Moray, Forgotten Islands

The Seven Seas News - November 2016

The Forgotten Islands, November 2016

Trip Report by Karen York. Photos by Darrell Hejde and video by Karen Doby.

On the sixth of November a diverse, multi-national group of adventurers boarded the good ship Seven Seas and cruised off to discover the Forgotten Islands of Indonesia. Remote, isolated and difficult to reach, Maluku Tenggara - The Forgotten Islands - was important to the spice trade centuries ago. Today it's seas offer spectacular reefs filled with a great variety of fishes, corals and creatures, unspoiled, uncrowded - a true diver's paradise!

So off we go . . . Each dive begins with Sonia's cheerful call, "Rubber Ducky, Rubber Ducky!" This is our cue to climb aboard the dinghys and speed off to the chosen dive site. A backward roll from the boat to the water and down we drift to begin our adventure. The reefs are amazing in their diversity of species and color and life. Currents run the gamut from non existent to a lazy drift to "hang on to your hat!" Visability is also variable although usually good to excellent. Everyone finds some source of wonder, excitement and awe in this spectacular world. Steve and Marianne swim off in search of new and unusual nudibranchs. Karen (Spike) hovers motionless, patiently gains acceptance from a large octopus and proceeds to capture the most amazine video as it grooms itself atop it's coral perch. "There goes Doug again" as he disappears into the blue, then reappears, then disappears again. Darrel and Nancy descend over the wall, down and down, cameras flashing away.


Divers report such wonders as winged pipefish, crocodile fish, a hamerhead shark. Susan helps us identify the different species we find. Feather stars cling everywhere in a great variety of colors but beware - if you get too close they might jump and hitch a ride - harmless but a bit un-nerving! On Maoporo Teland we watch as a pair of large cuttlefish mate and tuck eggs deep in the crevices of a coral head to protect them until they hatch. At Pula Meatimiarang we discover a lovely honeycomb gold fish wearing a brown mask over it's eyes. No-one can identify it - perhaps a new species? Naming rights should go to Karl ad Sonia! A large school of Batfish pass us by in the blue on the West Wall of South Terbang and a pair of juvenile Rockmover Wrasse entertain us in the shallows. On Dai Island the crew bargains with each village head man to secure diving rights in their waters. One such negotiation breaks down so Karl decides to try an unkown site. He warns us - "Don't go beyod the longest point or they may shoot arrows at you." We name this one "Archer's Point". On this same island Irwan discovers a spectacular dive - high coral walls and ridges interrupted by sand and rubble covered slopes all teeming with life. We call it Karang Irwan - Irwan's Reef. Here the night divers encounter the attack of the worms. Bill motions Marina closer to see, but her bubbles spell out "Oh HELL NO!" as she speeds away. We turn off our lights to experience the flashlite fish darting everywhere and the magic of the phosphorescet "fairies" dancing all around us. This is the closest I have ever been to being "narced". Every dive here is, as Sonia would say, "the best dive ever"! (Except maybe the worms).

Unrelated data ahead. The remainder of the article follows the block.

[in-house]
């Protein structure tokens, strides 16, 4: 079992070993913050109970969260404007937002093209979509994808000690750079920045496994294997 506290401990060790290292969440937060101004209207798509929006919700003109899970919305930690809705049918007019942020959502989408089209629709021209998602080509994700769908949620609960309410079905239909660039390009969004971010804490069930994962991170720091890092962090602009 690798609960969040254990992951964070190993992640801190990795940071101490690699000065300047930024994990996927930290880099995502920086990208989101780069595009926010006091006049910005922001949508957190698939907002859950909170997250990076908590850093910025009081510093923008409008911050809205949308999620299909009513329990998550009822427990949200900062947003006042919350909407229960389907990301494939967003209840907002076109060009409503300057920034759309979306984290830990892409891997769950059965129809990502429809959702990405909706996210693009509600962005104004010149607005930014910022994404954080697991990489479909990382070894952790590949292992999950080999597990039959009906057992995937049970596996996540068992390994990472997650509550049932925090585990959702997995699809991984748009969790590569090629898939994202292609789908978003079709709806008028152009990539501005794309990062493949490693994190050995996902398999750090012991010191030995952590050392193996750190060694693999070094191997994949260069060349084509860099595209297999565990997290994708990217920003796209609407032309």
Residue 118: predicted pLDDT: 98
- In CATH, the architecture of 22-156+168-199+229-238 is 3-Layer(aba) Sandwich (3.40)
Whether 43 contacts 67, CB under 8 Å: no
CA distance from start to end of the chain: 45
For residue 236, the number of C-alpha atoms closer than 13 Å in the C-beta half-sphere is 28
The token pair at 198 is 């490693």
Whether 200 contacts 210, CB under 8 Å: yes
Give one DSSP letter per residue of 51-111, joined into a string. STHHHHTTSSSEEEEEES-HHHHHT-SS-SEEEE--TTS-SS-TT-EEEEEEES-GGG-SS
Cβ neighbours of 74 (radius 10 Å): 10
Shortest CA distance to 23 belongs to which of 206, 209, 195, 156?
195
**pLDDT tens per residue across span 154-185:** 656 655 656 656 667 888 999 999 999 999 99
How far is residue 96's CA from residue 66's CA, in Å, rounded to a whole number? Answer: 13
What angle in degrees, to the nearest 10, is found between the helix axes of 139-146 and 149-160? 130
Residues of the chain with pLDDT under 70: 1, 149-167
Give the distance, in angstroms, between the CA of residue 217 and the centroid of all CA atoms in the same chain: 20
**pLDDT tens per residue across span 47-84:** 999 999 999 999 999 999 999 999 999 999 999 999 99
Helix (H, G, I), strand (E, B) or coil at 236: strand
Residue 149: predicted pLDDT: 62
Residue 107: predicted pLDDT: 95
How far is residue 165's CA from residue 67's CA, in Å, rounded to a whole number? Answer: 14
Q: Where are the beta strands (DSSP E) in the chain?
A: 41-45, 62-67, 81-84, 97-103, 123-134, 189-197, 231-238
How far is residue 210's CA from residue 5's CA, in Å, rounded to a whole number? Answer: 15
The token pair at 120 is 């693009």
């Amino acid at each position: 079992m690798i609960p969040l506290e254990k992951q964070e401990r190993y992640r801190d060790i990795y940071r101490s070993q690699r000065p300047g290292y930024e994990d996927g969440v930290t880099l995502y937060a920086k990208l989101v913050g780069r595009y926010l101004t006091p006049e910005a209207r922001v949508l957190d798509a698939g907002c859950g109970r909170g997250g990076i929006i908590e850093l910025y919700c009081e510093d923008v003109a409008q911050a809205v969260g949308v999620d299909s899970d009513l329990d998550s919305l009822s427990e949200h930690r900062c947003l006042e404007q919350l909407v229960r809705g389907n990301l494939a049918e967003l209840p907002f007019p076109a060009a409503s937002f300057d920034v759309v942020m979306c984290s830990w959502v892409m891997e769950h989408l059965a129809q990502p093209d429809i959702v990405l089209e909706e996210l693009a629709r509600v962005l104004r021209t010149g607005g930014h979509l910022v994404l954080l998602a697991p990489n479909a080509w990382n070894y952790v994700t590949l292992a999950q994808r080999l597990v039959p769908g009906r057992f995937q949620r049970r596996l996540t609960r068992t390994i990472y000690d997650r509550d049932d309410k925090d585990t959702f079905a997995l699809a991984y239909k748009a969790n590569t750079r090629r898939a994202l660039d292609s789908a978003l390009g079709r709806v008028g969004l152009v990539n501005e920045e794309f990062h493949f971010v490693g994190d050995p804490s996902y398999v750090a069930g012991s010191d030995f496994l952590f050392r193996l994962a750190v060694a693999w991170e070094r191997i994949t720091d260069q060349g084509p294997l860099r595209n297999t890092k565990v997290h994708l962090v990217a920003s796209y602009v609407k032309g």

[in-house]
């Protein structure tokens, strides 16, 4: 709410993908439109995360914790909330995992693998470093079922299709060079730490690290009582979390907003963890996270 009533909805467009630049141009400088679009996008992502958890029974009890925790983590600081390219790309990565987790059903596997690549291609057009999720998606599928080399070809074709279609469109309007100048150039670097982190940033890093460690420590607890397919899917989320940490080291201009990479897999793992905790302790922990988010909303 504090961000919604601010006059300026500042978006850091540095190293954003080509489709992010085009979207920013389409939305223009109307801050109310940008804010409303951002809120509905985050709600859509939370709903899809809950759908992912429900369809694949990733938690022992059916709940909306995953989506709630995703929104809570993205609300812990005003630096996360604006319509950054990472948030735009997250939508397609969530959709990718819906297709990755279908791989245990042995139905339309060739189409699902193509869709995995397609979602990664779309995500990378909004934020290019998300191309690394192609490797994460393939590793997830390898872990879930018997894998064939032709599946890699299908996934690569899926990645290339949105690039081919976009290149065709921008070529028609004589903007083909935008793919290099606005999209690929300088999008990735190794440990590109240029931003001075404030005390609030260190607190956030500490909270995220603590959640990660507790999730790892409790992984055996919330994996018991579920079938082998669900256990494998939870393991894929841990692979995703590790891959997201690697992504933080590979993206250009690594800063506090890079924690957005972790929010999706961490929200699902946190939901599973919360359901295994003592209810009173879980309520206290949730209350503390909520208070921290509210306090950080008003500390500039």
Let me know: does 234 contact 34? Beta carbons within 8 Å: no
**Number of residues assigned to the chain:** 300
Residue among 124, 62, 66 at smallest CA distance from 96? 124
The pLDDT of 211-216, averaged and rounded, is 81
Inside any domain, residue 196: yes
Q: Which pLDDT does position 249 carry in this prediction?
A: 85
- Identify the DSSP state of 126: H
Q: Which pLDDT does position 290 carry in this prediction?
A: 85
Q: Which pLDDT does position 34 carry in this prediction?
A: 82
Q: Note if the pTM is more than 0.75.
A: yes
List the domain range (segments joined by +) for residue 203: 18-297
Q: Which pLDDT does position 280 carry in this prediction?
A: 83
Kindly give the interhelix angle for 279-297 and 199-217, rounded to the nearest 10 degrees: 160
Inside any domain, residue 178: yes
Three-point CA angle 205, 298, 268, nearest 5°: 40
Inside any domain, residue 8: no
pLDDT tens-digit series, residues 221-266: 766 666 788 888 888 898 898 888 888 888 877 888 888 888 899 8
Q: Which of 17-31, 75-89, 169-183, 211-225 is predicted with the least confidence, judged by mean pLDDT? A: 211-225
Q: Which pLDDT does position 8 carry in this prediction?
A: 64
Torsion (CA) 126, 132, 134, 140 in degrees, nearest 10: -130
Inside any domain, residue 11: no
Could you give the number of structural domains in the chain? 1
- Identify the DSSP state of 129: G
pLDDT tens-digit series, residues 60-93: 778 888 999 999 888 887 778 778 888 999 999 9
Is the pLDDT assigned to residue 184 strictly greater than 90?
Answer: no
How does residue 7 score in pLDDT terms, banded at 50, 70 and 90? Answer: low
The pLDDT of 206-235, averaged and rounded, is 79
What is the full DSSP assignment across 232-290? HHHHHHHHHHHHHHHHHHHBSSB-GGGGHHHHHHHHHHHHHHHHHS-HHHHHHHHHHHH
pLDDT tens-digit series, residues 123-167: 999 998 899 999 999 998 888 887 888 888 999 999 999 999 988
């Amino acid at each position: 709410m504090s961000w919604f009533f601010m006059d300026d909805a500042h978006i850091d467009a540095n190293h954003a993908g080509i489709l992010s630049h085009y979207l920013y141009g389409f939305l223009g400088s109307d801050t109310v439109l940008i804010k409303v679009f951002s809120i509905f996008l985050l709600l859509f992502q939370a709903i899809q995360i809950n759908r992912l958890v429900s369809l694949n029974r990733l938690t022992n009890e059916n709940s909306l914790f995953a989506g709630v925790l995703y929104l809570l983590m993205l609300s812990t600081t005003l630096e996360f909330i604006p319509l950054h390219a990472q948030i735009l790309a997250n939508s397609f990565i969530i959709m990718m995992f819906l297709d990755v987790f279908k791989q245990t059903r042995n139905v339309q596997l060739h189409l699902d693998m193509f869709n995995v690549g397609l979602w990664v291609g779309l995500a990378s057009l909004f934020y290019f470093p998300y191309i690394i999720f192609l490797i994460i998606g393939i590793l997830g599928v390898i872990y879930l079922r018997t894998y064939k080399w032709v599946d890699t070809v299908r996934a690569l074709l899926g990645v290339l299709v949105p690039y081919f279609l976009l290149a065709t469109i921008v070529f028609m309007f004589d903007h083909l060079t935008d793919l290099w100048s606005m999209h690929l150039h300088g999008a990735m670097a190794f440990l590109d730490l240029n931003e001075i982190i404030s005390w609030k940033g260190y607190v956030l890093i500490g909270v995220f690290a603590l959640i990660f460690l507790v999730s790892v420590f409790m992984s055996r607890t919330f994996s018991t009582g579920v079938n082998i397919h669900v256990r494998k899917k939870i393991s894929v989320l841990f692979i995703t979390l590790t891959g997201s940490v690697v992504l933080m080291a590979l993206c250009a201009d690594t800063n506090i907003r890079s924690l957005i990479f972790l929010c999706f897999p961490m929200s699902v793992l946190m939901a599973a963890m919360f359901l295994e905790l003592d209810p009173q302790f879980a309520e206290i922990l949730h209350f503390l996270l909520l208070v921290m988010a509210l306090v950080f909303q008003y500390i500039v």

On board between dives we pass the time reading, eating, and jumping into the sea from the bow of the ship. Dave executes an 8.0 jackife dive! He and Margy enjoy the snorkeling on the shallower reefs. Andy and Marina waltz (or maybe a 2-step?) on the water's surface while waiting for the dinghy.

The Seven Seas crew are the best you will find anywhere. The expert dive guides find unusual sea life everywhere. The boat crews take us out and bring us back with apparently effortless skill, even finding Bill and me when we are swept away in the raging current and have to surface out in the blue!. They lift our heavy gear into the dinghies time after time. The chef and his staff surprise us each day with tasty new creations and local Indonesian dishes. So much for my plan to lose a little weight on this trip! Chris creates new napkin art for each evening meal. The ship is run very smoothly from the Captains to the cabin crew, making our cruise relaxing and enjoyable.

Our last evening together is spent reliving the wondrous dives as Karen, Darrell and Bruce share their videos and photos. I wish I could start over and do it all again.

Sadly all good things must end, and so we take leave of this wondrous underwater world . . . but wait . . .
. . .Will someone PLEASE get Christina out of the water?!

Karen York,
November 2016


Group photo

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